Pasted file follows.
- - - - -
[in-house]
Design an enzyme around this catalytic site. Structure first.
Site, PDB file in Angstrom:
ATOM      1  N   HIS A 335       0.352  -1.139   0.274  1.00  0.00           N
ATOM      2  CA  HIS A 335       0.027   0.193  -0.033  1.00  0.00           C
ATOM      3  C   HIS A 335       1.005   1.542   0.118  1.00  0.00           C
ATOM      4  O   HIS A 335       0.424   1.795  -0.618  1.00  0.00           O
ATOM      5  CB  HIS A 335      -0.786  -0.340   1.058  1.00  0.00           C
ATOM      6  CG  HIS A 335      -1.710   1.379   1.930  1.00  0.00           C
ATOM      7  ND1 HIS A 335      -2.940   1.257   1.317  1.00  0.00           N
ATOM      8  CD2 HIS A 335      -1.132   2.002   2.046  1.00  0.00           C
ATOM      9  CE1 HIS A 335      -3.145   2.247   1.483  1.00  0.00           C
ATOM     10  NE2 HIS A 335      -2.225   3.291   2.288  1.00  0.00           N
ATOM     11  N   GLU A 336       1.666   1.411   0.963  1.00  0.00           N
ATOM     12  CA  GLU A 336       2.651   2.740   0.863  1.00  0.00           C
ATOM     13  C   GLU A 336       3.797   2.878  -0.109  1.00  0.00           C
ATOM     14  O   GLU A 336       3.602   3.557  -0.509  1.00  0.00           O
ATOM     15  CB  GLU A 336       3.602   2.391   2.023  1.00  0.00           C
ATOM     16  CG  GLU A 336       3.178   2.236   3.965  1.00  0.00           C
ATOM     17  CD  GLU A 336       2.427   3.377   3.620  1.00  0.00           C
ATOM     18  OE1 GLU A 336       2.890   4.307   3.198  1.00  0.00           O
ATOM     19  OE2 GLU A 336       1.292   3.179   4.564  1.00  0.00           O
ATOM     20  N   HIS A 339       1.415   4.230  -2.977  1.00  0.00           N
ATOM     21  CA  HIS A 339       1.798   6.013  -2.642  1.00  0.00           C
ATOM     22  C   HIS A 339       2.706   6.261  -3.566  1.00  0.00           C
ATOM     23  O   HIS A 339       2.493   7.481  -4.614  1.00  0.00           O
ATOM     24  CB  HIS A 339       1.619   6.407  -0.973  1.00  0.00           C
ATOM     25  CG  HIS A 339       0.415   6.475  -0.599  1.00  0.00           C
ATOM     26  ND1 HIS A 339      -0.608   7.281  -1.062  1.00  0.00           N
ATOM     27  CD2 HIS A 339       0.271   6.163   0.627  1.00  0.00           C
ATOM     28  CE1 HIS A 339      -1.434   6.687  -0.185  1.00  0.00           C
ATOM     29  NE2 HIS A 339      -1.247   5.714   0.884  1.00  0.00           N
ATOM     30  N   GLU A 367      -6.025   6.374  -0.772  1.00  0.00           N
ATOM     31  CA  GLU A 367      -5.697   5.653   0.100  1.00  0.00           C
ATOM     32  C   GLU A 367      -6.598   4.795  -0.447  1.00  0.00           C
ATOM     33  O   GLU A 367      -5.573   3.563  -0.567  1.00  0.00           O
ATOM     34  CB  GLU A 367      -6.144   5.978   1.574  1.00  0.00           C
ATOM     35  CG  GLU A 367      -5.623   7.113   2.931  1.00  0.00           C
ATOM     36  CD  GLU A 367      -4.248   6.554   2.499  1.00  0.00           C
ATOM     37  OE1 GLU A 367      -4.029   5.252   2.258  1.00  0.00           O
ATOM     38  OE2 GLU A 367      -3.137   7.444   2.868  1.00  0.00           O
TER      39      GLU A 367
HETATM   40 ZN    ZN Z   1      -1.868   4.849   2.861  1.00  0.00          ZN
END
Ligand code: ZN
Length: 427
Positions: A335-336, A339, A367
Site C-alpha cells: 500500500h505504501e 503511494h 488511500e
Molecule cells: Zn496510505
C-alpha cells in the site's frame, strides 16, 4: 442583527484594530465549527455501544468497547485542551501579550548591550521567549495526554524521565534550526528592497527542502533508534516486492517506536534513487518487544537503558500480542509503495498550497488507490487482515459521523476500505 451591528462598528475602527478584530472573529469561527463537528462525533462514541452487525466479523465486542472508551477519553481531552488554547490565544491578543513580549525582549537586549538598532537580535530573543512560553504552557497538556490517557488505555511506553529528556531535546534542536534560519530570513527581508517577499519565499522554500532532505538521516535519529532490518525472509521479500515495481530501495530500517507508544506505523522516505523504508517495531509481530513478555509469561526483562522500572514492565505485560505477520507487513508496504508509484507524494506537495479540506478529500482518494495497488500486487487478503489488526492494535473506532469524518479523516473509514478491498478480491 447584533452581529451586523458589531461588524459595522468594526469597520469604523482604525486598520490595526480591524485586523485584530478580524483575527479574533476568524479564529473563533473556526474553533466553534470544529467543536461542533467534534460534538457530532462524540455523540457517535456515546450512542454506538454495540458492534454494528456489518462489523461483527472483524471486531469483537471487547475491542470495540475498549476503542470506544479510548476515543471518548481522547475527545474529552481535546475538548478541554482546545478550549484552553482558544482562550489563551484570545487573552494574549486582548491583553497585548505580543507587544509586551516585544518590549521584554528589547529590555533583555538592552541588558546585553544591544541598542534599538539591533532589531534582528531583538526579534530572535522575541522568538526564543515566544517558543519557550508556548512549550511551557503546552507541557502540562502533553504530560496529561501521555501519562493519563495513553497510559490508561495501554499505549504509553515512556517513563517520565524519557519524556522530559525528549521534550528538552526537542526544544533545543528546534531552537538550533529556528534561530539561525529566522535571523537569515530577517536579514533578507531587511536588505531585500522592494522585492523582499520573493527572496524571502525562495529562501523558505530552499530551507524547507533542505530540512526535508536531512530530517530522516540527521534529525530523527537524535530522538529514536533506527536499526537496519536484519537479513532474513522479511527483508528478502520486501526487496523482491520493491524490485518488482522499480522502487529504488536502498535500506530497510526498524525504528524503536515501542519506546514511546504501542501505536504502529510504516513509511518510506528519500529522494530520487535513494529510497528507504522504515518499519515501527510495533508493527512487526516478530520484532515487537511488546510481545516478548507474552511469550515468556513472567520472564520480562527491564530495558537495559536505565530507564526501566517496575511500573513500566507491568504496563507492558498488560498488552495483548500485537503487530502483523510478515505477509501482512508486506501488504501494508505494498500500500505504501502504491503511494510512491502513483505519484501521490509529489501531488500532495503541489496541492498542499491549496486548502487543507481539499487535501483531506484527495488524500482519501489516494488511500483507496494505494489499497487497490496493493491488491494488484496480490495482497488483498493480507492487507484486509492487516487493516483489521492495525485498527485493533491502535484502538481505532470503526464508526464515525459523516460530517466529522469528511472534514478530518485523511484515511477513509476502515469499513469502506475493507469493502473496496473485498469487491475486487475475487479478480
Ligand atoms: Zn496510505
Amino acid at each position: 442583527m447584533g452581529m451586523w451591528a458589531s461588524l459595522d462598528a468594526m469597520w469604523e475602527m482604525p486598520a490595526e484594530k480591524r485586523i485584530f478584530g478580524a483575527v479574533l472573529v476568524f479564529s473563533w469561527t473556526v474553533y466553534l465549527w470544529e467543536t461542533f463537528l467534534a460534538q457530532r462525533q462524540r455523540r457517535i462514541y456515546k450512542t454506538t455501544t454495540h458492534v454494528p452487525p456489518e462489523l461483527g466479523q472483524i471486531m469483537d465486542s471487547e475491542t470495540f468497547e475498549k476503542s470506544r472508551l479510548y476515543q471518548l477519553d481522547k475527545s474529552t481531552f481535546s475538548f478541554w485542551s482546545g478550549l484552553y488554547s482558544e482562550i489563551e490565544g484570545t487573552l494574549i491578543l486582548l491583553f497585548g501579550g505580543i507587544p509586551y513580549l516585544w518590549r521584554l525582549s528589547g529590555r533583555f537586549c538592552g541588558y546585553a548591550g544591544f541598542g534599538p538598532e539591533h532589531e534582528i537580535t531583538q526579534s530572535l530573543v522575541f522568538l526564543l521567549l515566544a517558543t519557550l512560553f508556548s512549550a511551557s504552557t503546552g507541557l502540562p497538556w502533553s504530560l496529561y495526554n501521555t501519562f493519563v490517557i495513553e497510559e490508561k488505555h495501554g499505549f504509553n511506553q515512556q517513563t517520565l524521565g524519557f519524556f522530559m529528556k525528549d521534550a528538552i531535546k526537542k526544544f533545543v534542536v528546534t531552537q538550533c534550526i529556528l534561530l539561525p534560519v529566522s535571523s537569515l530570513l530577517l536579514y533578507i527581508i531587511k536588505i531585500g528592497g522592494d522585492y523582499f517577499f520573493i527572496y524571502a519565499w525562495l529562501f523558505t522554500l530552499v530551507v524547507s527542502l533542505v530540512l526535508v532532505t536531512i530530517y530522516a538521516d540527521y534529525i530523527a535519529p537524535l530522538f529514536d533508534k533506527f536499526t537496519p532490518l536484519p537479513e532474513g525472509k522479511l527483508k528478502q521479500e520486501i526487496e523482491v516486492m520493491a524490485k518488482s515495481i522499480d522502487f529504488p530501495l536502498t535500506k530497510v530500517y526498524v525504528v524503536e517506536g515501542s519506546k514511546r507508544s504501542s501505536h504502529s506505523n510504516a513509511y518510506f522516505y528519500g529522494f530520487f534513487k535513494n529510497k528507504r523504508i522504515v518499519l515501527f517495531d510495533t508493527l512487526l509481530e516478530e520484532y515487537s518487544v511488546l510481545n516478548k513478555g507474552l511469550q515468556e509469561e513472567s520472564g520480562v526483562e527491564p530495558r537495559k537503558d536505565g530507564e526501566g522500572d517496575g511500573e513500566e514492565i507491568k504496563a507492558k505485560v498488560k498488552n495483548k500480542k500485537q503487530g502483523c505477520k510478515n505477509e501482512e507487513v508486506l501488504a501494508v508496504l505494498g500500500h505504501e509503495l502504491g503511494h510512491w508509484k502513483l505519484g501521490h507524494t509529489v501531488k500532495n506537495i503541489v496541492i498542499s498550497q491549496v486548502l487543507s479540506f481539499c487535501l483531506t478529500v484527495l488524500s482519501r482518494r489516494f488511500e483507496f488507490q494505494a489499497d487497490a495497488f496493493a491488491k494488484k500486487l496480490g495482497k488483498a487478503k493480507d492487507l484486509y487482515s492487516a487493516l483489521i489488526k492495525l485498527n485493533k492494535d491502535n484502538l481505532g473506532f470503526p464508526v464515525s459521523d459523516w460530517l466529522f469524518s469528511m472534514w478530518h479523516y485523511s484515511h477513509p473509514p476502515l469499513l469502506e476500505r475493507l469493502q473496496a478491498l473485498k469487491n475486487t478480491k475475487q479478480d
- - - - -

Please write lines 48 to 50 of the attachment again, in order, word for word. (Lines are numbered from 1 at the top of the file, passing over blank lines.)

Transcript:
Site C-alpha cells: 500500500h505504501e 503511494h 488511500e
Molecule cells: Zn496510505
C-alpha cells in the site's frame, strides 16, 4: 442583527484594530465549527455501544468497547485542551501579550548591550521567549495526554524521565534550526528592497527542502533508534516486492517506536534513487518487544537503558500480542509503495498550497488507490487482515459521523476500505 451591528462598528475602527478584530472573529469561527463537528462525533462514541452487525466479523465486542472508551477519553481531552488554547490565544491578543513580549525582549537586549538598532537580535530573543512560553504552557497538556490517557488505555511506553529528556531535546534542536534560519530570513527581508517577499519565499522554500532532505538521516535519529532490518525472509521479500515495481530501495530500517507508544506505523522516505523504508517495531509481530513478555509469561526483562522500572514492565505485560505477520507487513508496504508509484507524494506537495479540506478529500482518494495497488500486487487478503489488526492494535473506532469524518479523516473509514478491498478480491 447584533452581529451586523458589531461588524459595522468594526469597520469604523482604525486598520490595526480591524485586523485584530478580524483575527479574533476568524479564529473563533473556526474553533466553534470544529467543536461542533467534534460534538457530532462524540455523540457517535456515546450512542454506538454495540458492534454494528456489518462489523461483527472483524471486531469483537471487547475491542470495540475498549476503542470506544479510548476515543471518548481522547475527545474529552481535546475538548478541554482546545478550549484552553482558544482562550489563551484570545487573552494574549486582548491583553497585548505580543507587544509586551516585544518590549521584554528589547529590555533583555538592552541588558546585553544591544541598542534599538539591533532589531534582528531583538526579534530572535522575541522568538526564543515566544517558543519557550508556548512549550511551557503546552507541557502540562502533553504530560496529561501521555501519562493519563495513553497510559490508561495501554499505549504509553515512556517513563517520565524519557519524556522530559525528549521534550528538552526537542526544544533545543528546534531552537538550533529556528534561530539561525529566522535571523537569515530577517536579514533578507531587511536588505531585500522592494522585492523582499520573493527572496524571502525562495529562501523558505530552499530551507524547507533542505530540512526535508536531512530530517530522516540527521534529525530523527537524535530522538529514536533506527536499526537496519536484519537479513532474513522479511527483508528478502520486501526487496523482491520493491524490485518488482522499480522502487529504488536502498535500506530497510526498524525504528524503536515501542519506546514511546504501542501505536504502529510504516513509511518510506528519500529522494530520487535513494529510497528507504522504515518499519515501527510495533508493527512487526516478530520484532515487537511488546510481545516478548507474552511469550515468556513472567520472564520480562527491564530495558537495559536505565530507564526501566517496575511500573513500566507491568504496563507492558498488560498488552495483548500485537503487530502483523510478515505477509501482512508486506501488504501494508505494498500500500505504501502504491503511494510512491502513483505519484501521490509529489501531488500532495503541489496541492498542499491549496486548502487543507481539499487535501483531506484527495488524500482519501489516494488511500483507496494505494489499497487497490496493493491488491494488484496480490495482497488483498493480507492487507484486509492487516487493516483489521492495525485498527485493533491502535484502538481505532470503526464508526464515525459523516460530517466529522469528511472534514478530518485523511484515511477513509476502515469499513469502506475493507469493502473496496473485498469487491475486487475475487479478480